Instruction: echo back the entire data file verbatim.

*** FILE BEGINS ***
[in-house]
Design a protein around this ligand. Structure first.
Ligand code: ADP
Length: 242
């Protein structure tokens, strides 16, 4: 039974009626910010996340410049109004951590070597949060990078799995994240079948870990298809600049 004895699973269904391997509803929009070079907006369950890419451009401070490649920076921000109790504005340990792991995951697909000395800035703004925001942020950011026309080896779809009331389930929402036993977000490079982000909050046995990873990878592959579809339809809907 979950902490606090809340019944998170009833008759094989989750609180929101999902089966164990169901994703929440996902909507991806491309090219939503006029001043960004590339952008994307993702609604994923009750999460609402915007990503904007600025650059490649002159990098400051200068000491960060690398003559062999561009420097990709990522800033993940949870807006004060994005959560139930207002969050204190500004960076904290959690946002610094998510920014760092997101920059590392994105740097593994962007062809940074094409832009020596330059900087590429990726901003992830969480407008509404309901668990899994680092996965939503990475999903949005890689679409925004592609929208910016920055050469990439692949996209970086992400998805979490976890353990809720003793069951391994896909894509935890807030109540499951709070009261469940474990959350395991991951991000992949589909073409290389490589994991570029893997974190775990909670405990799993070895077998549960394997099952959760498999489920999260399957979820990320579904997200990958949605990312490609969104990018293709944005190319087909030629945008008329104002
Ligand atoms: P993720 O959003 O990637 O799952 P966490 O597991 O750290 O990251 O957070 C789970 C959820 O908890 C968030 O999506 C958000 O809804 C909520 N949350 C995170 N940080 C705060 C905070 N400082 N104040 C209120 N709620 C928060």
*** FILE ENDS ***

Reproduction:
[in-house]
Design a protein around this ligand. Structure first.
Ligand code: ADP
Length: 242
């Protein structure tokens, strides 16, 4: 039974009626910010996340410049109004951590070597949060990078799995994240079948870990298809600049 004895699973269904391997509803929009070079907006369950890419451009401070490649920076921000109790504005340990792991995951697909000395800035703004925001942020950011026309080896779809009331389930929402036993977000490079982000909050046995990873990878592959579809339809809907 979950902490606090809340019944998170009833008759094989989750609180929101999902089966164990169901994703929440996902909507991806491309090219939503006029001043960004590339952008994307993702609604994923009750999460609402915007990503904007600025650059490649002159990098400051200068000491960060690398003559062999561009420097990709990522800033993940949870807006004060994005959560139930207002969050204190500004960076904290959690946002610094998510920014760092997101920059590392994105740097593994962007062809940074094409832009020596330059900087590429990726901003992830969480407008509404309901668990899994680092996965939503990475999903949005890689679409925004592609929208910016920055050469990439692949996209970086992400998805979490976890353990809720003793069951391994896909894509935890807030109540499951709070009261469940474990959350395991991951991000992949589909073409290389490589994991570029893997974190775990909670405990799993070895077998549960394997099952959760498999489920999260399957979820990320579904997200990958949605990312490609969104990018293709944005190319087909030629945008008329104002
Ligand atoms: P993720 O959003 O990637 O799952 P966490 O597991 O750290 O990251 O957070 C789970 C959820 O908890 C968030 O999506 C958000 O809804 C909520 N949350 C995170 N940080 C705060 C905070 N400082 N104040 C209120 N709620 C928060």